Judging from his recent commentary, it’s fair to say that Tilray (NASDAQ:TLRY) CEO Brendan Kennedy is a pretty good hype man. He talks a good game, and Tilray stock holders might appreciate Kennedy’s willingness to turn lemons into lemonade, so to speak.
However, big talk doesn’t equate to positive data. And informed investors should generally emphasize actual results over a chief executive’s jawboning. After all, it’s Kennedy’s job to put a positive spin on Tilray’s fiscal results.
The last thing I want to see is hopeful Tilray stock investors get punished by an unforgiving market. They’ve already suffered enough in 2020. They also lost money in 2019.
Thus, despite the CEO’s encouraging words, maybe it’s time to admit that a turnaround for Tilray just isn’t in the cards.
A Closer Look at Tilray Stock
The first number that pops out to me is Tilray’s trailing 12-month earnings per share of -$4.73. That’s a hard number to swallow, especially considering Tilray stock closed at $5.31 on Sept. 11.
When the historical EPS is a negative number whose absolute value is similar to the stock’s current share price, that’s not a good sign. It’s also discouraging to see how poorly Tilray stock has performed, even if we don’t count the price action after the onset of Covid-19.
Today, it’s amazing to consider how the bulls were threatening to take Tilray stock above $150 in October of 2018. Even prior to Covid-19, it was a struggle to keep the share price above $10.
And nowadays, the possibility of Tilray stock becoming a penny stock is very real. There might be compelling reasons to recommend a long position in this stock at some point in the future. For now, though, it’s evident that the bears are fully in control of the price action.
You Call That Progress?
Proudly wearing his hype-man hat, Tilray’s CEO had some mighty encouraging things to say about his company as the second-quarter fiscal results were released.
For one thing, Kennedy used the phrase “significant progress” in association with Tilray’s quarterly results. Plus, he characterized Tilray’s second-quarter year-over-year revenue growth as “healthy.”
I suppose one could call Tilray’s Q2 year-over-year revenue growth rate of 10% “healthy.” However, that healthy-looking facade conceals a darker parts of the bigger picture:
- Q2 revenues declined by 3.2% from the first quarter
- Adult Use sales slumped 15.8%
- Canada Medical sales slipped 5.3%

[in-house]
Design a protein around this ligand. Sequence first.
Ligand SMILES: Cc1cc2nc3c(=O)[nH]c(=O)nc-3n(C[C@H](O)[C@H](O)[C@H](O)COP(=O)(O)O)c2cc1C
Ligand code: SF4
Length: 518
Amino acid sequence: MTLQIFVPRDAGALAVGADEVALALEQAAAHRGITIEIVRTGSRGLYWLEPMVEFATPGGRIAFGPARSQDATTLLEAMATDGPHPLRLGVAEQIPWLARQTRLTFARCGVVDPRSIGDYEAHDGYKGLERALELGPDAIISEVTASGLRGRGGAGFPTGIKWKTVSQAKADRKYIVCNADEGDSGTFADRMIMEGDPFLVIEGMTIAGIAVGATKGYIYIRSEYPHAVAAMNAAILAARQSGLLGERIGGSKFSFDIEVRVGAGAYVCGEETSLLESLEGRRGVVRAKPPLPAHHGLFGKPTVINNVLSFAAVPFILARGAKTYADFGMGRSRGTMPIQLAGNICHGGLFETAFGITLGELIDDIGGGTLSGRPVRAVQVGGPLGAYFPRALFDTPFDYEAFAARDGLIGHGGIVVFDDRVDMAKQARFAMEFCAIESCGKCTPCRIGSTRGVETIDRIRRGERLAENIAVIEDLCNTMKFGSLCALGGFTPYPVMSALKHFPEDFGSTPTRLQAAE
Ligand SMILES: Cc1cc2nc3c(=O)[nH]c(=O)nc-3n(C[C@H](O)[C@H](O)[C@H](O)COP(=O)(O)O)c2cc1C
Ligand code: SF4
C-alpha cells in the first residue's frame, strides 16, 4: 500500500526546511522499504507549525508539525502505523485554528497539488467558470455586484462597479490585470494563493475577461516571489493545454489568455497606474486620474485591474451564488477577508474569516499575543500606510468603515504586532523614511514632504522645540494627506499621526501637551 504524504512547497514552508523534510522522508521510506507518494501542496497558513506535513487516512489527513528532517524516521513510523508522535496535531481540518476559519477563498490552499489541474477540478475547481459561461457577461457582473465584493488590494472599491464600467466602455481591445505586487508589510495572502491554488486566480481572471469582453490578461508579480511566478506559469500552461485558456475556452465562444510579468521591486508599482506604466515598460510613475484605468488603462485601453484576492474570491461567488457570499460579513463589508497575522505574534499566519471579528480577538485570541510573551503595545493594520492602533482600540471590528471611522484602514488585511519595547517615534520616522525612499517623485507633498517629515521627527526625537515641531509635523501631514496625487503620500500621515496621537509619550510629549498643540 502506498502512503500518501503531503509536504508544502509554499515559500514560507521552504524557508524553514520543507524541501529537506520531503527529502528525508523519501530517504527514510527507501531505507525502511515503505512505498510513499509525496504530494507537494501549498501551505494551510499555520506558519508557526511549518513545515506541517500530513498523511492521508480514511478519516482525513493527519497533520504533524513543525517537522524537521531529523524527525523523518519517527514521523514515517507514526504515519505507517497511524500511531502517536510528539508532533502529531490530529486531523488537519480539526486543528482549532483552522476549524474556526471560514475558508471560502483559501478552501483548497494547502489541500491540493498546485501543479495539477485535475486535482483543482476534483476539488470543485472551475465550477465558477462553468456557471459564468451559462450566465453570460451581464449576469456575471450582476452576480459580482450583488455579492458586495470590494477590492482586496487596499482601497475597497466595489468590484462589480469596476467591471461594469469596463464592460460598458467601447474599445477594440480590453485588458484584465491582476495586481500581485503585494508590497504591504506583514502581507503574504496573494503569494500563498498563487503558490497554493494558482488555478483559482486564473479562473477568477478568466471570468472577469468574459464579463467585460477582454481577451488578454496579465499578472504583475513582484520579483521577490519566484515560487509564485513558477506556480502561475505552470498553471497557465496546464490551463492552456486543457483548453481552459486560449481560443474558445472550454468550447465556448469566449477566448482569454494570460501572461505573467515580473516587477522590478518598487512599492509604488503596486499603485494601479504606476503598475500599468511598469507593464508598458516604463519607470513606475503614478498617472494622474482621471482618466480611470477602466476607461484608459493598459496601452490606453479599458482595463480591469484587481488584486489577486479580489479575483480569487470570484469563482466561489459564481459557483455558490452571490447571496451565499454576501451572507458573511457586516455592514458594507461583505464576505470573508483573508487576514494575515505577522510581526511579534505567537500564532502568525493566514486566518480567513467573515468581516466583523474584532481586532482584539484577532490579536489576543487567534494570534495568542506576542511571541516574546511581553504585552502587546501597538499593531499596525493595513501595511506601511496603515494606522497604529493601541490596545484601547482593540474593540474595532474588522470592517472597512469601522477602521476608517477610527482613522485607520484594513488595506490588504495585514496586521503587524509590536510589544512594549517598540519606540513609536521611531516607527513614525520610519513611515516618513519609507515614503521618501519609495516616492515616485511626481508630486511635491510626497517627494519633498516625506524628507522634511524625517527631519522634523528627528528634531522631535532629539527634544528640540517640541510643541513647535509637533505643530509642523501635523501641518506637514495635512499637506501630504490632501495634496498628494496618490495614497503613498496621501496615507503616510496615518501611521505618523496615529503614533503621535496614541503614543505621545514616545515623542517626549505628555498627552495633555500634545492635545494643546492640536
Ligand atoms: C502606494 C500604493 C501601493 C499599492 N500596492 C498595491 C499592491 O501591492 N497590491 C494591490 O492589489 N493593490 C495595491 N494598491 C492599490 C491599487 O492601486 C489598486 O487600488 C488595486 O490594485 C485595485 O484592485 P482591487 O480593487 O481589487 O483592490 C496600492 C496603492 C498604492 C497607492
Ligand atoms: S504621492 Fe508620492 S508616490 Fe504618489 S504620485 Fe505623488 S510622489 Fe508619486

- Hemp sales fell 5.1%
But wait, there’s more. For the second quarter, Tilray posted a heartbreaking loss of $81.7 million, which equates to 66 cents per share.
That’s substantially worse than the already disappointing loss of 36 cents per share in the year-ago quarter. It’s also a big miss compared to the loss of 32 cents per share that Wall Street was expecting for Q2.
No Room for Excuses
Yet somehow, Tilray’s CEO expects investors to believe that “we have positioned Tilray to enter the second half of 2020 in a stronger position.” Given the aforementioned data points, Kennedy’s words are easy to say but much harder to believe.
If there’s one thing more exasperating than unjustified confidence, it’s excuses. Informed investors should leave no room for excuses when evaluating a company.
In this instance, Tilray’s management blamed the company’s deep sequential decline in revenues, in part, on “pantry-loading.” Other partial sources of blame included “purchasing behavior by the provinces” and “the shift to curbside pickup or delivery.”
Note that these are all external targets of blame. As an investor who appreciates honesty, I’d like to see Tilray’s management take more responsibility for the company’s inability to execute.
Until that happens, it will be difficult to maintain any real sense of faith in the company going forward.
The Bottom Line
In the case of Tilray, there’s a divergence between words and hard data that’s unsettling. Tilray’s management should take more responsibility for the company’s fiscal performance (or lack thereof).
Until that happens, it will be impossible to recommend a long position in Tilray stock.
On the date of publication, David Moadel did not have (either directly or indirectly) any positions in the securities mentioned in this article.